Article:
Pork shoulder and leg, also called 'butt', is what is usually used for creating ham. The process of brining and then further smoking the meat is popular throughout North America. However, without the brining process, smoking a pork leg is perfect for feeding a large group of people without having to do weeks of work to prepare the meat. The meat can be smoked so it is sliced, or cooked even longer to create shredded pork.
Rinse the pork leg under running water. Dry it thoroughly with paper towels.
Cover the leg with the marinade, ensuring it is in every crevice. Place it in the large bowl and cover it with the plastic wrap. Insert it in to the refrigerator and marinade for 24 hours.
Place the woodchips in the large bowl and cover them with water. Let them soak for 30 minutes to one hour.
Insert the woodchips in to their designated place in the smoker, according to the manufacturer's directions.
Turn the smoker to 225 degrees Fahrenheit, and close the lid for 10 minutes to allow it to fill with smoke.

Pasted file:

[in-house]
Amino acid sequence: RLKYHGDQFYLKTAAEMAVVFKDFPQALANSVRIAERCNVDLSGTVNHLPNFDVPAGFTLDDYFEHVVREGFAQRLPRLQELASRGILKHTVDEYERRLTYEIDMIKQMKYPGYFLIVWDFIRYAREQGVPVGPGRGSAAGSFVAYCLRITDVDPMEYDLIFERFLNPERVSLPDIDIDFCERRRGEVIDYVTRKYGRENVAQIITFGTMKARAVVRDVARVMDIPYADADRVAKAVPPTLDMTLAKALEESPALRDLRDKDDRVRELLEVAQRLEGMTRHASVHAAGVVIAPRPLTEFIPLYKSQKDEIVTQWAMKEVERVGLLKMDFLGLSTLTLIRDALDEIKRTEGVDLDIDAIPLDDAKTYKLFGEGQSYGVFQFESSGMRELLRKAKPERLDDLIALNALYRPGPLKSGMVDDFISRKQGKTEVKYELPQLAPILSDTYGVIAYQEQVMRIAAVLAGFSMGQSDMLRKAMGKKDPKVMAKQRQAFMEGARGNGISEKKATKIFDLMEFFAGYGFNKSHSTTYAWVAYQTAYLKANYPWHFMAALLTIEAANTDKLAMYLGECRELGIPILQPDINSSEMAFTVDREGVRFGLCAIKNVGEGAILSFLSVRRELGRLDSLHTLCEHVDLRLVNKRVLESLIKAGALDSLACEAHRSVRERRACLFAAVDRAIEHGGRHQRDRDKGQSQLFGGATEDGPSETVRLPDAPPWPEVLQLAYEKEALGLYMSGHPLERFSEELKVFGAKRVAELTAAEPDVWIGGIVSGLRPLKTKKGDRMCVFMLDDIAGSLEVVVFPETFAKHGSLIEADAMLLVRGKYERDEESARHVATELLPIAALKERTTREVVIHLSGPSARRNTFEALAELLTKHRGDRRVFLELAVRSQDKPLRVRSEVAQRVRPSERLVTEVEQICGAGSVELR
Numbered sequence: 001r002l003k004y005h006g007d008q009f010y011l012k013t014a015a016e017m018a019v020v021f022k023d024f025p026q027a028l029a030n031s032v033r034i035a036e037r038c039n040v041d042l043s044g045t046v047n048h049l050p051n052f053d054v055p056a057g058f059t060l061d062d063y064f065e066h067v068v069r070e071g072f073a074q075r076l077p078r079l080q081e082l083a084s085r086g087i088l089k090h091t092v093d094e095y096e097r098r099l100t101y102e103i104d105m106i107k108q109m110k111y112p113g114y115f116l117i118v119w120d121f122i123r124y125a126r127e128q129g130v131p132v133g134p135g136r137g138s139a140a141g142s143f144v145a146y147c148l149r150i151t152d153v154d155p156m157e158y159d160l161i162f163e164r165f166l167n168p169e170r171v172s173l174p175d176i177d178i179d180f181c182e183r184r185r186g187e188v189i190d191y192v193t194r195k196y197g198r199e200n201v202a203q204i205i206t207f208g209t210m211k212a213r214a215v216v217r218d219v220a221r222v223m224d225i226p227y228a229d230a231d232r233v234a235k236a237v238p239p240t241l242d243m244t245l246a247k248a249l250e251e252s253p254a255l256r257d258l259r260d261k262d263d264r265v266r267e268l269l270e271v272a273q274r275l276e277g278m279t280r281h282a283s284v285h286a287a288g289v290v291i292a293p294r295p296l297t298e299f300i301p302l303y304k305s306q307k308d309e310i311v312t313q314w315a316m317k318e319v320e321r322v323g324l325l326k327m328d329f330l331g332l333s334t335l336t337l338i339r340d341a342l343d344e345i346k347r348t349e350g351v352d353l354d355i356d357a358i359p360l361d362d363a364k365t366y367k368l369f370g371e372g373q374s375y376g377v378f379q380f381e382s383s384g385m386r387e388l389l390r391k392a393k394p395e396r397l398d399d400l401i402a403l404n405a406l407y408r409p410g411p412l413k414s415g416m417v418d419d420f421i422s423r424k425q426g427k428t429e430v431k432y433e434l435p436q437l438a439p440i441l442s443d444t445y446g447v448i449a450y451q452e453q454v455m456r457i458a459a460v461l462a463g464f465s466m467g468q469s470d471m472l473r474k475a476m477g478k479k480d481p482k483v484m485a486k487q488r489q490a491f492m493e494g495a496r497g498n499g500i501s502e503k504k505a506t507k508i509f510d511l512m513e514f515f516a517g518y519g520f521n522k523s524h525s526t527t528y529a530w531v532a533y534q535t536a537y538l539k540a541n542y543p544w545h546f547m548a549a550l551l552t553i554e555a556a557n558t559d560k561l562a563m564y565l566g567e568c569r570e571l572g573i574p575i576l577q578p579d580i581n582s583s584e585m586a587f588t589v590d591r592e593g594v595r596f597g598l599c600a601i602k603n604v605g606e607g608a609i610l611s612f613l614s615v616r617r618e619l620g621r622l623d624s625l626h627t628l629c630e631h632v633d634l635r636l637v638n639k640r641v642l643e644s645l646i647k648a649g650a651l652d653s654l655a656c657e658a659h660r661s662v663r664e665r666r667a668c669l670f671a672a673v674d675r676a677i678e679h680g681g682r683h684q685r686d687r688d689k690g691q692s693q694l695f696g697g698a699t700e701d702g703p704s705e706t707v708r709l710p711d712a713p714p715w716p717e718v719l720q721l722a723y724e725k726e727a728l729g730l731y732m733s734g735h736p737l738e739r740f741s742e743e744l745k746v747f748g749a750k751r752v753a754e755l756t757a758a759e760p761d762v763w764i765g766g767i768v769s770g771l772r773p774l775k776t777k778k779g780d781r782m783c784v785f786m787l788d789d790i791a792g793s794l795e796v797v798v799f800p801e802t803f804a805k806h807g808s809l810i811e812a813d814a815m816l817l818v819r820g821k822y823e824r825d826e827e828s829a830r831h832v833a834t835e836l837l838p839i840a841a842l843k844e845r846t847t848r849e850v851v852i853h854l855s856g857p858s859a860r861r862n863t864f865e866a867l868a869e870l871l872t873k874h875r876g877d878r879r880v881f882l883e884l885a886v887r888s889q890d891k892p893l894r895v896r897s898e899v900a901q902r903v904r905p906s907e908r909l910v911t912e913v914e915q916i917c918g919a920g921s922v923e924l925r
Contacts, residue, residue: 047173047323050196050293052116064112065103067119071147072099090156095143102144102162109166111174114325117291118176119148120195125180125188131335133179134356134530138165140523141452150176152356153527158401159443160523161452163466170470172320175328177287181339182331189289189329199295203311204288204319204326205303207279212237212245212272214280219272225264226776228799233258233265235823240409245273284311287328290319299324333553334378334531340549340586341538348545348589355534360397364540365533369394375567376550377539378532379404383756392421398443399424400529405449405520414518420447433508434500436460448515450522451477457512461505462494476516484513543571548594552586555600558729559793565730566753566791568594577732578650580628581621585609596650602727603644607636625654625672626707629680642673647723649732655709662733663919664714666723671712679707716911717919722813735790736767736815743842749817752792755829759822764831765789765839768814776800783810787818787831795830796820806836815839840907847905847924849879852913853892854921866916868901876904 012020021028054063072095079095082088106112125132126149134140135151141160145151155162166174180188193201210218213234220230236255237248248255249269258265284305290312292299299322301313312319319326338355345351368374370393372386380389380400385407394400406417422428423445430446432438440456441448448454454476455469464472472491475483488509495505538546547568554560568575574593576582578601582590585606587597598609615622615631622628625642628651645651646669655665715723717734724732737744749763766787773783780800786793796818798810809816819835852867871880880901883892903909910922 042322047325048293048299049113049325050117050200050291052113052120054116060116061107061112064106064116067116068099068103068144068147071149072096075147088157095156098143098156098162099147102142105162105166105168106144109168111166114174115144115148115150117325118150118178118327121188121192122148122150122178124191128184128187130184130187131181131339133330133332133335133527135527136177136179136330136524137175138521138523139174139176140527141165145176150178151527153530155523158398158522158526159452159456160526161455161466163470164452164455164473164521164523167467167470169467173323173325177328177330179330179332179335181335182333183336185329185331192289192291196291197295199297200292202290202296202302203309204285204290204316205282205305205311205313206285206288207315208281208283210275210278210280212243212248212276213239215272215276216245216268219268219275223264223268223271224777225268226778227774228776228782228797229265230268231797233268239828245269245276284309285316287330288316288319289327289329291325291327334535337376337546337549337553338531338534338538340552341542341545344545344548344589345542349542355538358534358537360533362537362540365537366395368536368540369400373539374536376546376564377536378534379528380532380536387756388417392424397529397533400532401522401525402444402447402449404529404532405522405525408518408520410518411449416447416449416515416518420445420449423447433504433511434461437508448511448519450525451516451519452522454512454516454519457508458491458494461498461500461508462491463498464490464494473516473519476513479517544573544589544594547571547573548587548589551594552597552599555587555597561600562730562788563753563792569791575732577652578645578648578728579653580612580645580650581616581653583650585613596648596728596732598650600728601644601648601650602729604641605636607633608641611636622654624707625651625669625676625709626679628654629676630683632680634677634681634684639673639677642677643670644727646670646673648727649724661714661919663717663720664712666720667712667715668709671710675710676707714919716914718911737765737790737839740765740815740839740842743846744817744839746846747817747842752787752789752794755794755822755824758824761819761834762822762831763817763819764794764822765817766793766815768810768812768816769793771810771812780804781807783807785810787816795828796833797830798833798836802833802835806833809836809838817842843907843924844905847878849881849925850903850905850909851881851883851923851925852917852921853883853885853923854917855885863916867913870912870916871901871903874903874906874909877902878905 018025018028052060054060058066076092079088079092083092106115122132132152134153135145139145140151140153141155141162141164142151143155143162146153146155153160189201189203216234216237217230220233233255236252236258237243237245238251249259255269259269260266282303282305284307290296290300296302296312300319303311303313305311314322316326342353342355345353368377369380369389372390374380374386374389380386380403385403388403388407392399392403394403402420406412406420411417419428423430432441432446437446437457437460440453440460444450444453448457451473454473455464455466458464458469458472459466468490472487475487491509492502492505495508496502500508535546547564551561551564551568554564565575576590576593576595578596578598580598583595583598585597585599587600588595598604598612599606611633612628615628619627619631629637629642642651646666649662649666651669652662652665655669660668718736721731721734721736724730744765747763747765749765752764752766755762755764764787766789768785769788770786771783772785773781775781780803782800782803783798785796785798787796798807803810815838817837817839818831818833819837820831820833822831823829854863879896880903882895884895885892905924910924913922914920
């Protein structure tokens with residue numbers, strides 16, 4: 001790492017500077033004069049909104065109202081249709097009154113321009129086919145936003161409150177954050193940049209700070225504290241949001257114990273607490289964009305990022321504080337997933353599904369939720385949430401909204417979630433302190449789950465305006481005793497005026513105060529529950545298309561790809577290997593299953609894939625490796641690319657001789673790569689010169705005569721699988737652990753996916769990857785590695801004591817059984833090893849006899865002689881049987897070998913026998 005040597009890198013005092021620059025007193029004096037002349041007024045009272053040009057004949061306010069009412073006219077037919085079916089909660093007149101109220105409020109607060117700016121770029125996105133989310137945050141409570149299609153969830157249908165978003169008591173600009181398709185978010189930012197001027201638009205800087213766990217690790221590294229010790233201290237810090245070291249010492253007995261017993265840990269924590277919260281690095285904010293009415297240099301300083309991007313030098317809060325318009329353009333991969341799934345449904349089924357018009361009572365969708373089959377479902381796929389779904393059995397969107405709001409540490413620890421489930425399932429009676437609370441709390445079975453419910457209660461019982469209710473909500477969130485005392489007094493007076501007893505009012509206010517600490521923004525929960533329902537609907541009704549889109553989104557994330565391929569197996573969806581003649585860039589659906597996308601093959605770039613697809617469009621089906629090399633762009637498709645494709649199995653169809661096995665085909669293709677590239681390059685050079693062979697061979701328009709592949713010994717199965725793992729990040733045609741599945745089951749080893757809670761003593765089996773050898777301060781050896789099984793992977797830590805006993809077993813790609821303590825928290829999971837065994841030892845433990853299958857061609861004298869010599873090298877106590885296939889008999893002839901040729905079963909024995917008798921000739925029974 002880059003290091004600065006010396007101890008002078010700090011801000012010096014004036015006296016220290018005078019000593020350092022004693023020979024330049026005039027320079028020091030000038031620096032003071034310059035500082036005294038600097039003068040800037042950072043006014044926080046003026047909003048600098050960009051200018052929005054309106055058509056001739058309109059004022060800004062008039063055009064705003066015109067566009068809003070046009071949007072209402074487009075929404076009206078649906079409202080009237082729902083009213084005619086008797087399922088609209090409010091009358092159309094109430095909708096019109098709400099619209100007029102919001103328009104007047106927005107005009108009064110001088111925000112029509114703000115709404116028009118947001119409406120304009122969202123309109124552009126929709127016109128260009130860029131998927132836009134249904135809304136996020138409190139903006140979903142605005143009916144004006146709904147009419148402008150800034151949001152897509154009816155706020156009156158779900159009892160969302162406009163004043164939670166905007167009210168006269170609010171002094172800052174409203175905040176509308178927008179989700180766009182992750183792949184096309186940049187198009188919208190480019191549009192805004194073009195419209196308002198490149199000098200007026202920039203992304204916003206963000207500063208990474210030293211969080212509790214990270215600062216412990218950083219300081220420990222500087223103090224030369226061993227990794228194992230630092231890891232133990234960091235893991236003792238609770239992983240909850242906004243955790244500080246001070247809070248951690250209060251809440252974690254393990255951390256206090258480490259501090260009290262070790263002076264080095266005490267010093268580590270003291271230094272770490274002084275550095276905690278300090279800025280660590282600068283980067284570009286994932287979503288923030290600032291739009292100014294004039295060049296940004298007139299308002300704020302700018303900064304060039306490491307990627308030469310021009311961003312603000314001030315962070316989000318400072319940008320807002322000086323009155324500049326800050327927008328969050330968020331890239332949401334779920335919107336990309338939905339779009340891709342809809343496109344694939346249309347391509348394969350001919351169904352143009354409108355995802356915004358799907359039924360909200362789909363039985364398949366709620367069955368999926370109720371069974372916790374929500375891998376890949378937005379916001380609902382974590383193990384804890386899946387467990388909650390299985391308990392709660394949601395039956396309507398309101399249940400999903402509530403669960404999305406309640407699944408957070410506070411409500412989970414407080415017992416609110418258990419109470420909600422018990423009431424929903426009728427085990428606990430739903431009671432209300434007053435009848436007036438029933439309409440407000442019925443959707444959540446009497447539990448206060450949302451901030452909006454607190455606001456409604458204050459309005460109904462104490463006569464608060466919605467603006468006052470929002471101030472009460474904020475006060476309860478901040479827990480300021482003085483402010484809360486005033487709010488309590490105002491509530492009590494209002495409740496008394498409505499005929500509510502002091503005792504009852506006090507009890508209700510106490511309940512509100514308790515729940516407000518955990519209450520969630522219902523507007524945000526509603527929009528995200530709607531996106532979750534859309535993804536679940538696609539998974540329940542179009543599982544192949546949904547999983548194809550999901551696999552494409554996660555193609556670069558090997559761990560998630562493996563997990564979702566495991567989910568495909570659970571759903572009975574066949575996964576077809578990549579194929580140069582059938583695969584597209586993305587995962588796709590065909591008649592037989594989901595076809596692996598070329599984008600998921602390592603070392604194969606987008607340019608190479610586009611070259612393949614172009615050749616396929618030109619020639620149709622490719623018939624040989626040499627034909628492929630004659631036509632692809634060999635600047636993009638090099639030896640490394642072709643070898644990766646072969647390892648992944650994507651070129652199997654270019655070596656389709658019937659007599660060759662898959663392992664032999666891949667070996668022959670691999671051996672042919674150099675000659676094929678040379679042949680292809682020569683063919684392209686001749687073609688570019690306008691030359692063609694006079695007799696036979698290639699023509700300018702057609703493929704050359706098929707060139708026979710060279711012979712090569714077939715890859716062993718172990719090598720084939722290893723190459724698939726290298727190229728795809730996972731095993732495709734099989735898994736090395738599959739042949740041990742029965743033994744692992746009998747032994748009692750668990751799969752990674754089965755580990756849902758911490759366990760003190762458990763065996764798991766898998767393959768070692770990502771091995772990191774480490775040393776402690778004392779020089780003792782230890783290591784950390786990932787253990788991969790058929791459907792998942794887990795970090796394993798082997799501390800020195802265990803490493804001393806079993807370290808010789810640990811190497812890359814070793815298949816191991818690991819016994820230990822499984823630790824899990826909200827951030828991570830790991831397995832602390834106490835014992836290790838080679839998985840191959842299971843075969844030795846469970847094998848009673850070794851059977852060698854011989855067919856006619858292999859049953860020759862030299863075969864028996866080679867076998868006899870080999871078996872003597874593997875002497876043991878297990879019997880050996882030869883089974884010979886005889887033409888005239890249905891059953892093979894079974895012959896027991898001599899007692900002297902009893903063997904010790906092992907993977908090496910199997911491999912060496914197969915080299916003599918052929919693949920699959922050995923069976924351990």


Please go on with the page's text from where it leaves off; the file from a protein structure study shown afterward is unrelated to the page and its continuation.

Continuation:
Replace the woodchips with more soaked wood every hour in the smoker. Continuously baste the leg as well with excess marinade.
Place the pork on the grill and smoke it for 10 to 12 hours, or until a meat thermometer inserted in to the thickest part of the leg reads 160 degrees Fahrenheit.
Remove the leg and tent it with tinfoil. Let it rest for one hour before serving.
Brine the leg before smoking to create a tasty ham.
Cook the pork for one to two hours longer to create pulled pork sandwiches.
Based in Kingston, Canada, Samantha Lowe has been writing for publication since 2006. She has written articles for the "Mars' Hill" newspaper and copy for various design projects. Her design and copy for the "Mars' Hill" won the Associated Collegiate Press Pacemaker award in 2008. Lowe holds an Honors BA from Trinity Western University, and a MSc in Occupational Therapy from Queen's University where she is currently doing her PhD.